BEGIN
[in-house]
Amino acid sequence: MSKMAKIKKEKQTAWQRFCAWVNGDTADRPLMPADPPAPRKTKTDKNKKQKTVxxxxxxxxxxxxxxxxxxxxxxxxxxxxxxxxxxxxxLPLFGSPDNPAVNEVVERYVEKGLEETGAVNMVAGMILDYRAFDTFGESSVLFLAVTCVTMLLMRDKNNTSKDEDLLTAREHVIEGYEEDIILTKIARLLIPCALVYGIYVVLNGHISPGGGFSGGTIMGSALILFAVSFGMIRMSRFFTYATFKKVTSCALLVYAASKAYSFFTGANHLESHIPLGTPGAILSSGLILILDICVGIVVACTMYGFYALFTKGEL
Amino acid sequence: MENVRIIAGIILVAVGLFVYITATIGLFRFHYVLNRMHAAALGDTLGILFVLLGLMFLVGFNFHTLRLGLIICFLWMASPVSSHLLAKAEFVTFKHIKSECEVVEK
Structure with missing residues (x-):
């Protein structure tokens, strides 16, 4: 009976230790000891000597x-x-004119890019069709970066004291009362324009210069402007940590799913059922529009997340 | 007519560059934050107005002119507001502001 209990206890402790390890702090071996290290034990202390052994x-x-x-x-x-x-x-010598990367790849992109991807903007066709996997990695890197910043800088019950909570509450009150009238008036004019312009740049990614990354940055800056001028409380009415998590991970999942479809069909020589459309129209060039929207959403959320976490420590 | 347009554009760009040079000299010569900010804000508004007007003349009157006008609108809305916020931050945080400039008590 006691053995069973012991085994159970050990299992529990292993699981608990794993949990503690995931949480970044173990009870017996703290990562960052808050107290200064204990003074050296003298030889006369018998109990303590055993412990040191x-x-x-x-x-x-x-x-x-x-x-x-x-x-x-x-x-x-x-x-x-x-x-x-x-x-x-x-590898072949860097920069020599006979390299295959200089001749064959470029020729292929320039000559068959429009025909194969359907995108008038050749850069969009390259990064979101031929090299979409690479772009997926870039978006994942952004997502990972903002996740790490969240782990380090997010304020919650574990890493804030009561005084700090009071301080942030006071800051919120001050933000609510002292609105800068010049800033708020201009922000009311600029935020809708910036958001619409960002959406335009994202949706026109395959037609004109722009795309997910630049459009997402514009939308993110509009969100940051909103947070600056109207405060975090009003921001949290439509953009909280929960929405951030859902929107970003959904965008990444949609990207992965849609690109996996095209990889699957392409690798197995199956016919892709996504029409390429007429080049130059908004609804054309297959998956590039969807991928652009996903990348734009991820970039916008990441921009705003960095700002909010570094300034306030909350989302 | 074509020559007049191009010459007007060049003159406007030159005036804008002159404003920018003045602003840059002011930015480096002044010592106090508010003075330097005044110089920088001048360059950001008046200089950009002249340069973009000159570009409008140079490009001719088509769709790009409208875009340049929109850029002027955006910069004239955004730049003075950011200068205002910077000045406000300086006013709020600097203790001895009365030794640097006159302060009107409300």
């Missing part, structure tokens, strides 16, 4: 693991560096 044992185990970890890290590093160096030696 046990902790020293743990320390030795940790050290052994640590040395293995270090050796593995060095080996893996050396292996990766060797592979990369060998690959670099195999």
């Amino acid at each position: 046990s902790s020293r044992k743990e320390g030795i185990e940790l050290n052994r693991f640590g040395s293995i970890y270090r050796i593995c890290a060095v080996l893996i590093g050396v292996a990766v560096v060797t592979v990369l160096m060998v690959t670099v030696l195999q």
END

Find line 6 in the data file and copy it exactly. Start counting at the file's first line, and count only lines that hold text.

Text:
């Missing part, structure tokens, strides 16, 4: 693991560096 044992185990970890890290590093160096030696 046990902790020293743990320390030795940790050290052994640590040395293995270090050796593995060095080996893996050396292996990766060797592979990369060998690959670099195999």